# Q & A: units for temperature and energy

Q:
It is said that temperature of a body is the average of the kinetic energies of all the molecules in the body. But then, why do we consider temperature a different physical quantity altogether as [K] and not a derivative of the initially proposed 3 fundamental quantities, length [L], mass[M], and time [T] as with the same dimensional formula as energy? What is the reason behind such a consideration?
- Ujan Chakraborty (age 15)
Kolkata,West Bengal, India
A:

The general definition of temperature isn't quite that, but as you say in effect a temperature gives a characteristic microscopic energy scale.  For example, in an ideal classical monatomic gas, the average kinetic energy per atom is (3/2)kT, where T is the absolute temperature and k is Boltzmann's constant. "k" is used to convert conventional temperature units, say Kelvin, to conventional energy units, say Joules.

So what you're really asking is: why not just set k=1 and measure T in whatever units we're using to measure energy? The answer is purely a matter of historical accident. Temperature scales were devised before anybody understood the relation to microscopic energies.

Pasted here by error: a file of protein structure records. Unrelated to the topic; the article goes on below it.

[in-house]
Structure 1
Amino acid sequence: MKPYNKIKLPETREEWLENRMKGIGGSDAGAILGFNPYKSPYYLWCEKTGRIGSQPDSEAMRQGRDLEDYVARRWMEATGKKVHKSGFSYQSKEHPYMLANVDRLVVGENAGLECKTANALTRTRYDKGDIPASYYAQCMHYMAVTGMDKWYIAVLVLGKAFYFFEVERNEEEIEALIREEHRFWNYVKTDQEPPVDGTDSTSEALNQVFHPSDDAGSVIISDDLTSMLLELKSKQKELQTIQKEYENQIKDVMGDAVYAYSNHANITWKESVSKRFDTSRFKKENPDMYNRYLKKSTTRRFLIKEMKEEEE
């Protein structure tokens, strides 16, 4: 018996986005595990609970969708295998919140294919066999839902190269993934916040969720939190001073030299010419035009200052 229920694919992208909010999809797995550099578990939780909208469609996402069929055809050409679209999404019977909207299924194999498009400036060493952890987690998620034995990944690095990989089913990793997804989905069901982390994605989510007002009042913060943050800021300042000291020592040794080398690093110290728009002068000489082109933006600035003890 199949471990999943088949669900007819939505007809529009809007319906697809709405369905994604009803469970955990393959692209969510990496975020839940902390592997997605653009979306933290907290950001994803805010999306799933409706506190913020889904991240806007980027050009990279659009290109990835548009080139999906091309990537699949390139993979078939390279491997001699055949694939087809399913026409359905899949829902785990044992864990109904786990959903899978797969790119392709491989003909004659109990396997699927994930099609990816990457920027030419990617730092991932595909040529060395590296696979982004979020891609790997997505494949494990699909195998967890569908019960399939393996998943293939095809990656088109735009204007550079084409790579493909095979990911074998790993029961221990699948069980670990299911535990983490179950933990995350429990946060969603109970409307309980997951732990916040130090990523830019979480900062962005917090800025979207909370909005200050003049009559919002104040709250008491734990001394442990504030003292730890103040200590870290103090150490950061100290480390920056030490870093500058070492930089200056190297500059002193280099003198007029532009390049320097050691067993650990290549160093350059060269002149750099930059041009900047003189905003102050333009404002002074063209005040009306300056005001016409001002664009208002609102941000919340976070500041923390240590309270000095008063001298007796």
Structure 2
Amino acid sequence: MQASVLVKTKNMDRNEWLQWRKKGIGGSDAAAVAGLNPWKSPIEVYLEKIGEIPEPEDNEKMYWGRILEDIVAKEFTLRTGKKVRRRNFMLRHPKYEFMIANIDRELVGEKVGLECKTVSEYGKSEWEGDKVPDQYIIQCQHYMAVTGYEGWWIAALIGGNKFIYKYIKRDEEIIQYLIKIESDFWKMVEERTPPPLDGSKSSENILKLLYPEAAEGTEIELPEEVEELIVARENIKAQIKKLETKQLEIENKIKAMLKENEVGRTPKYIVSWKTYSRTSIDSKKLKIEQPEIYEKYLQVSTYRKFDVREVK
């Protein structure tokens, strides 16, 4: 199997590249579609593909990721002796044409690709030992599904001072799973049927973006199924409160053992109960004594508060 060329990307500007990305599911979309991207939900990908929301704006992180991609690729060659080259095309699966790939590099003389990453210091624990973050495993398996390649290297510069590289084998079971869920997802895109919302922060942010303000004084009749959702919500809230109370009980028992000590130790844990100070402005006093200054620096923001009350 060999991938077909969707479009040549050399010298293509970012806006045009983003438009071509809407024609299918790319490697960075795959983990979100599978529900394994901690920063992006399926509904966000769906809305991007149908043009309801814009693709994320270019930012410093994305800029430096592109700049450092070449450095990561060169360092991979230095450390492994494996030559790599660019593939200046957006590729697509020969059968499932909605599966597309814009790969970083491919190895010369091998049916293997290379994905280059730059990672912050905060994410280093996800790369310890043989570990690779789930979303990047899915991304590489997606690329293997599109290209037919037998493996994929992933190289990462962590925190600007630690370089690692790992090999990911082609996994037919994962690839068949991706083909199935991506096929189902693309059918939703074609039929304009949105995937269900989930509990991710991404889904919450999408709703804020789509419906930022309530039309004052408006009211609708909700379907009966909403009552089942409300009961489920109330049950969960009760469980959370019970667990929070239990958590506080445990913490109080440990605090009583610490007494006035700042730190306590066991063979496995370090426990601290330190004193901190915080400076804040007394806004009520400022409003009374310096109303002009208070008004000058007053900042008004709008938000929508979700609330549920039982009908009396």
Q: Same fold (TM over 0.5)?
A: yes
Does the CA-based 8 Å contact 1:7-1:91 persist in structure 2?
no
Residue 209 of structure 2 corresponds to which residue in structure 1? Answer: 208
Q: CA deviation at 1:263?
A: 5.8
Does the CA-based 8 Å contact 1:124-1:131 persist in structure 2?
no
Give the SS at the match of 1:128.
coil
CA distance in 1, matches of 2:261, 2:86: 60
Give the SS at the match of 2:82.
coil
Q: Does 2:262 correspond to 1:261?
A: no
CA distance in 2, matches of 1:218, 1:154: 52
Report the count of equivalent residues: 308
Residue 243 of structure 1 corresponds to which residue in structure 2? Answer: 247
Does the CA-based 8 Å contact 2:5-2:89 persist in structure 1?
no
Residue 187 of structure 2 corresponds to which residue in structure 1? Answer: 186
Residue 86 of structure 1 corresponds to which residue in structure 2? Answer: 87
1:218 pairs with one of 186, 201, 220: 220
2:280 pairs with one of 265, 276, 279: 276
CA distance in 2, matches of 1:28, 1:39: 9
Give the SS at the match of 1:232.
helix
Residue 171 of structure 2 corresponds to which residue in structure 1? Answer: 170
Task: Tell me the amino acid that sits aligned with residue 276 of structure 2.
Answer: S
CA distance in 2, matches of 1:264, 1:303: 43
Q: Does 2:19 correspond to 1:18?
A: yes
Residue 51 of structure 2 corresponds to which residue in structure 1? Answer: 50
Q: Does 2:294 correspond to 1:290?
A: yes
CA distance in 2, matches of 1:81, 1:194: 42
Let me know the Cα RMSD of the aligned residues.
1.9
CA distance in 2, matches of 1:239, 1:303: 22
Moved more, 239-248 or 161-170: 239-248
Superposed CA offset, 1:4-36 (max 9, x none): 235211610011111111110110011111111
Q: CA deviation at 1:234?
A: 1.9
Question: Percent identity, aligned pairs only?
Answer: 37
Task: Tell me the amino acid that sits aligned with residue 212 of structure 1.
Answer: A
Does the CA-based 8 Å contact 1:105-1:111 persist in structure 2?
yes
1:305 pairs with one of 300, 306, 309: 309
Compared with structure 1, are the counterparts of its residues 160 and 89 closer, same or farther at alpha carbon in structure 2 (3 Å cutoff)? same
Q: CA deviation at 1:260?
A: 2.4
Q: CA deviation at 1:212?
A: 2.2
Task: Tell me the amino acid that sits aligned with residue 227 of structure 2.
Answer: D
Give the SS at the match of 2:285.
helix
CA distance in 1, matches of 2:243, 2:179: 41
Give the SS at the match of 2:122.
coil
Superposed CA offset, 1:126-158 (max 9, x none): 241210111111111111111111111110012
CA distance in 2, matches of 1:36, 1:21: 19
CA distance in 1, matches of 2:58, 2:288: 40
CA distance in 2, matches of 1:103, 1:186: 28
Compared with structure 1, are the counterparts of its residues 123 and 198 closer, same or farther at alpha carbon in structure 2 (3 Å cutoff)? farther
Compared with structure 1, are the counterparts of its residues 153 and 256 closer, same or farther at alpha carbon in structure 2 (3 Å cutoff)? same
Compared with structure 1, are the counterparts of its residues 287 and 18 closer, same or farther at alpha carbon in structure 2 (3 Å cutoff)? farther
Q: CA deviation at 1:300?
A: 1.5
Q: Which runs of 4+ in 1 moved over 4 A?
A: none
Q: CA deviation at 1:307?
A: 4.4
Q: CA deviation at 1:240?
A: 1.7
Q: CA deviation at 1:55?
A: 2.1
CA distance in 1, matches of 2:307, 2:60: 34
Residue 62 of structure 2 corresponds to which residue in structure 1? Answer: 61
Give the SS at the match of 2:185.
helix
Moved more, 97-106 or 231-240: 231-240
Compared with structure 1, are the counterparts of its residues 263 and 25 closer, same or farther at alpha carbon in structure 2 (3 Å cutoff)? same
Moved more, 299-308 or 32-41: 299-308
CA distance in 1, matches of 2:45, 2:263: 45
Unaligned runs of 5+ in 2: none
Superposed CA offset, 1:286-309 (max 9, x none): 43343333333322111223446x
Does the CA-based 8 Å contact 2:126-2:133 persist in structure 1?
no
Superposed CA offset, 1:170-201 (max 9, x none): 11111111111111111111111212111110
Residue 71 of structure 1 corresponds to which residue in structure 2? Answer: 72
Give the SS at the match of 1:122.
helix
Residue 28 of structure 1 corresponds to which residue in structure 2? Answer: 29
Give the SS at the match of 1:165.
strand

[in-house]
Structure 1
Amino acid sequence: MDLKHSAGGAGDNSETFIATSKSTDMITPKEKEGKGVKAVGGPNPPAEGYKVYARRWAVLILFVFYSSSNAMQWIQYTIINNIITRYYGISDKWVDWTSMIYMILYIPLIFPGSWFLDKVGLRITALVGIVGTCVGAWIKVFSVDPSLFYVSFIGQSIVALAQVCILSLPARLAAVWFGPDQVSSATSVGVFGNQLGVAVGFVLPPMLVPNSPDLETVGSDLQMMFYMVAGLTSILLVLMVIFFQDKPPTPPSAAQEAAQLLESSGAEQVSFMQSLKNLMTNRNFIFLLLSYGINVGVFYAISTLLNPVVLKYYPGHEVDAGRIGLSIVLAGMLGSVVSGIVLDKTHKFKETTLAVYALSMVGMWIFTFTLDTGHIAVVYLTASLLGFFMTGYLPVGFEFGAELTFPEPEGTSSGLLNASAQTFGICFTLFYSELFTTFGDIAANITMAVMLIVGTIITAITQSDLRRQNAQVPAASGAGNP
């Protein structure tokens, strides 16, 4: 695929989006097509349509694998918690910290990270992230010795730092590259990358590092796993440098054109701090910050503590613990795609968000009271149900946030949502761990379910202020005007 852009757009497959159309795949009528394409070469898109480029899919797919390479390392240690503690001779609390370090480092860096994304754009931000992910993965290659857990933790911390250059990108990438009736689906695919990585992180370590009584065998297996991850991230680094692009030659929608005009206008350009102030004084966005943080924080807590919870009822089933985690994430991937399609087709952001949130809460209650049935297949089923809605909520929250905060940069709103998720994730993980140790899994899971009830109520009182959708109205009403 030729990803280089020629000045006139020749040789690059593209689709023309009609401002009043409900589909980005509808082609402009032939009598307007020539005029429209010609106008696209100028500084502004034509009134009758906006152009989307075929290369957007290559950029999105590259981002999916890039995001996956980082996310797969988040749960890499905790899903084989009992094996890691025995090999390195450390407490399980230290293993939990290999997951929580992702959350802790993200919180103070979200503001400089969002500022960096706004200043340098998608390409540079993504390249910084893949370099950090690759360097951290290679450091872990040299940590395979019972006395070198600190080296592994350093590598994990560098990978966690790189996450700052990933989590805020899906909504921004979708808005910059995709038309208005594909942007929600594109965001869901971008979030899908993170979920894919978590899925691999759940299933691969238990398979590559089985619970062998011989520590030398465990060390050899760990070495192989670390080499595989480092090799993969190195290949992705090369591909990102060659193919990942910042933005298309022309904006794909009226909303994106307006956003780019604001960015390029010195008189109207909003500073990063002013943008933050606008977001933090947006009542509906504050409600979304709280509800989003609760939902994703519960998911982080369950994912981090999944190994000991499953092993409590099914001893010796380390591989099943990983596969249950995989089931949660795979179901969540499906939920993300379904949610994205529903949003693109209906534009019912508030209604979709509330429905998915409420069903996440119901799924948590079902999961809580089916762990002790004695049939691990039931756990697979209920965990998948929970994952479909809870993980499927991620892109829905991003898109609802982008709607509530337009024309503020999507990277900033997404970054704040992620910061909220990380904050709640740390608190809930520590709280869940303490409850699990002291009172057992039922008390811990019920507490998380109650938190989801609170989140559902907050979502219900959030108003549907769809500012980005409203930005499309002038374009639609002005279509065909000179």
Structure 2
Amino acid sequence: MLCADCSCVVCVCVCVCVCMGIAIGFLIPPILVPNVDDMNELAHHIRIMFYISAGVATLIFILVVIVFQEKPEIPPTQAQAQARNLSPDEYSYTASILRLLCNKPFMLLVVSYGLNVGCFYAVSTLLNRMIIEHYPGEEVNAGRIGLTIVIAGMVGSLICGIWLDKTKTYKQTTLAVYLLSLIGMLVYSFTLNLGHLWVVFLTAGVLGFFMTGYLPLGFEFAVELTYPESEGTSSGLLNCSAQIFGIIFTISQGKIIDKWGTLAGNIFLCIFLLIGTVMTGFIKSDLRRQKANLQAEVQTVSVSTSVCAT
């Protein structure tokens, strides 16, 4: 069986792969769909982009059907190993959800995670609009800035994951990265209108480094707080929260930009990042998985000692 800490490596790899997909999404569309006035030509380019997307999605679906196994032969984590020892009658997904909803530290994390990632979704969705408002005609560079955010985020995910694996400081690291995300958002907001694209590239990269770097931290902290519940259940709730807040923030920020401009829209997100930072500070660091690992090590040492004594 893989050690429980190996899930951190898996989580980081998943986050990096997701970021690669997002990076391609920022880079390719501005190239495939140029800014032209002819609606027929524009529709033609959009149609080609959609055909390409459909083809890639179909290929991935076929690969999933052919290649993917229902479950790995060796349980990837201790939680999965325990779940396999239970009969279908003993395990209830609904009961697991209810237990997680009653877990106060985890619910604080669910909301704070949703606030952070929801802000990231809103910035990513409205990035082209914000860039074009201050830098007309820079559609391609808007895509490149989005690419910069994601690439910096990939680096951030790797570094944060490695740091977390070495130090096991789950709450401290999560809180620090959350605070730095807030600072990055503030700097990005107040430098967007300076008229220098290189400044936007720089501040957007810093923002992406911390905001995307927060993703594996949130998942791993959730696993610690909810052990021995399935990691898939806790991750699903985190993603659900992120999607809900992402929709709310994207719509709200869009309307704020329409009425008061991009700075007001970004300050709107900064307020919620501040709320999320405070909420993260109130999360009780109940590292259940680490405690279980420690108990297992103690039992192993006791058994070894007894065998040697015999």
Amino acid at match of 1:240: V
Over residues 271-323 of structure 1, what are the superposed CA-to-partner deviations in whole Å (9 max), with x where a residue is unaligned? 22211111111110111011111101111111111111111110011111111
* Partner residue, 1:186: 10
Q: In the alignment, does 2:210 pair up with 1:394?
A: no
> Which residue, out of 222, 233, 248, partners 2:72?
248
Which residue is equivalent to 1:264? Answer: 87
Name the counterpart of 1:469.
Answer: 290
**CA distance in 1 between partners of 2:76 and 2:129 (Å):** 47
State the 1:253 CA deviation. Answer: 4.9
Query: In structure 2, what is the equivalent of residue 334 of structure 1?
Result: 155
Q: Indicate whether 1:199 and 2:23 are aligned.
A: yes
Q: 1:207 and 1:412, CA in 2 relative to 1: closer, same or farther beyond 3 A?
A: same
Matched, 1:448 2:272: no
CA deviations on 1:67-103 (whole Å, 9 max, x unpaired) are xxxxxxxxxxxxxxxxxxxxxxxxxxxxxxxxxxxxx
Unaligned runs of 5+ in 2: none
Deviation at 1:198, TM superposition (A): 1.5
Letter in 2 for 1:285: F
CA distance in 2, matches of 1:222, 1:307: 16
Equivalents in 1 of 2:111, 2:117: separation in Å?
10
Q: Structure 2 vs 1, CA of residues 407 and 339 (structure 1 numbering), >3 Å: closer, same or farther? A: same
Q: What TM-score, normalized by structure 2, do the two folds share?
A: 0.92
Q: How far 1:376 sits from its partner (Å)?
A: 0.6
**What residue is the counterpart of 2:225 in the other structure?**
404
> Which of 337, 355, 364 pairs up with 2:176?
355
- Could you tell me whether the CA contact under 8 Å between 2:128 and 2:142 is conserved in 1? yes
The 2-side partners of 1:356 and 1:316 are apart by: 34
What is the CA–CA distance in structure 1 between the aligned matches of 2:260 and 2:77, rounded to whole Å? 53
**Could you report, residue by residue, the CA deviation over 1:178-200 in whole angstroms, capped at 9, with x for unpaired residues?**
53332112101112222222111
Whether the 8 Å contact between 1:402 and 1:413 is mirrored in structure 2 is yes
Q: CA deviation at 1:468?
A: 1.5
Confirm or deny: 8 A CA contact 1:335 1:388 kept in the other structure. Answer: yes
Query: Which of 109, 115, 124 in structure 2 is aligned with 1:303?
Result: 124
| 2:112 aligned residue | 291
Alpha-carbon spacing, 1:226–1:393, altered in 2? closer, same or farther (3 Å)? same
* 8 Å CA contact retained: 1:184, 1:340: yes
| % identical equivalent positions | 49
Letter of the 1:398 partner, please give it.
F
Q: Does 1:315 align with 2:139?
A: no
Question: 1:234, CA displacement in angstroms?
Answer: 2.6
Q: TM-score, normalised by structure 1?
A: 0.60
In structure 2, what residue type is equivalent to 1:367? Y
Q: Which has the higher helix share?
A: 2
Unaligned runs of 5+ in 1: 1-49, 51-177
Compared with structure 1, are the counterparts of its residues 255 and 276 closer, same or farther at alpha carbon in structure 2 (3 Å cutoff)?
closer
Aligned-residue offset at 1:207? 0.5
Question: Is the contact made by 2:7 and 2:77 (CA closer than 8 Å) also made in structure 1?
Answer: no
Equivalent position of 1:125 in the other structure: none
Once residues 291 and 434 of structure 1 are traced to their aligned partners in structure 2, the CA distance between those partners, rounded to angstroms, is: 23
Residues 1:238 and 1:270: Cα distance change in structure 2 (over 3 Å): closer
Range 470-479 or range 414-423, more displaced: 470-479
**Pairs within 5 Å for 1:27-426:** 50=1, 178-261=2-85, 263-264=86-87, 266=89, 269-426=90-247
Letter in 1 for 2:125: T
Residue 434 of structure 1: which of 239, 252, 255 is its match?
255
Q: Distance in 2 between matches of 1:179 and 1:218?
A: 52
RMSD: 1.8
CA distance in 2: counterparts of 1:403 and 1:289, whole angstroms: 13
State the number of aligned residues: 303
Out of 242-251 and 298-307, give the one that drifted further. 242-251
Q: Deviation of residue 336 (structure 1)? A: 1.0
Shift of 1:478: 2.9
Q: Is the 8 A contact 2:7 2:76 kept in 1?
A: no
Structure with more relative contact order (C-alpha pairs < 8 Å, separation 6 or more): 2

When I do thermodynamic calculations, I usually set k=1 and either use "Kelvin" as a unit of energy or "Joule" or "erg" as a unit of temperature, depending on what's convenient for the particular problem. Many modern texts also define a temperature τ=kT to avoid having to use separate units for temperature and energy. Since the usual energy units are in turn defined in terms of length, mass, and time units, this follows your suggestion.

There's nothing special about length, mass, and time, however. Any three independent dimensional quantities can serve as the base for our units. In the most fundamental units we have developed, the Planck system, we define Planck's constant (h/2π), Newton's gravitational constant (G), and the speed of light (c) all to be 1. We can express length, mass, time, etc. as combinations of these three, obtaining Planck units for these quantities.

Mike W.

(published on 11/30/2012)